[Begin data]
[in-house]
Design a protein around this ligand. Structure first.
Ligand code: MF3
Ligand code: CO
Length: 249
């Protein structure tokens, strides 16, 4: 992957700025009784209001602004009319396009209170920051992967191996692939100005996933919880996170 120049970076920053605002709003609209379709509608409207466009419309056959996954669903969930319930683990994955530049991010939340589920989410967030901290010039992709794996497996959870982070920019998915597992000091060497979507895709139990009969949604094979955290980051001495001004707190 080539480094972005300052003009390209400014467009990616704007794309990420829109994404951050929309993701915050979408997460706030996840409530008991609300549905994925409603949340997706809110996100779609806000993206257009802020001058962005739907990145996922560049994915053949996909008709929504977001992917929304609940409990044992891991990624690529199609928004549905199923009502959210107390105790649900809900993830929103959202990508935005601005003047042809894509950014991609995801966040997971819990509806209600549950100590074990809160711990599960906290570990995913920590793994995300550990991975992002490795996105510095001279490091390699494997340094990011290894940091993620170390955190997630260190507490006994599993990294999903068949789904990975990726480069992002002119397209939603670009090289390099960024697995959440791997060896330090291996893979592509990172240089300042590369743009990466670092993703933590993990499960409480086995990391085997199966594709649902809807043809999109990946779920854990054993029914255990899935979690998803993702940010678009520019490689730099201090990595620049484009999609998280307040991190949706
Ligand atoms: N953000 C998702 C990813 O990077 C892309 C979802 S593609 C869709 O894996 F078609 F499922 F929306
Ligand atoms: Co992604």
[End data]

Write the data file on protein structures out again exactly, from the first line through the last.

[in-house]
Design a protein around this ligand. Structure first.
Ligand code: MF3
Ligand code: CO
Length: 249
């Protein structure tokens, strides 16, 4: 992957700025009784209001602004009319396009209170920051992967191996692939100005996933919880996170 120049970076920053605002709003609209379709509608409207466009419309056959996954669903969930319930683990994955530049991010939340589920989410967030901290010039992709794996497996959870982070920019998915597992000091060497979507895709139990009969949604094979955290980051001495001004707190 080539480094972005300052003009390209400014467009990616704007794309990420829109994404951050929309993701915050979408997460706030996840409530008991609300549905994925409603949340997706809110996100779609806000993206257009802020001058962005739907990145996922560049994915053949996909008709929504977001992917929304609940409990044992891991990624690529199609928004549905199923009502959210107390105790649900809900993830929103959202990508935005601005003047042809894509950014991609995801966040997971819990509806209600549950100590074990809160711990599960906290570990995913920590793994995300550990991975992002490795996105510095001279490091390699494997340094990011290894940091993620170390955190997630260190507490006994599993990294999903068949789904990975990726480069992002002119397209939603670009090289390099960024697995959440791997060896330090291996893979592509990172240089300042590369743009990466670092993703933590993990499960409480086995990391085997199966594709649902809807043809999109990946779920854990054993029914255990899935979690998803993702940010678009520019490689730099201090990595620049484009999609998280307040991190949706
Ligand atoms: N953000 C998702 C990813 O990077 C892309 C979802 S593609 C869709 O894996 F078609 F499922 F929306
Ligand atoms: Co992604």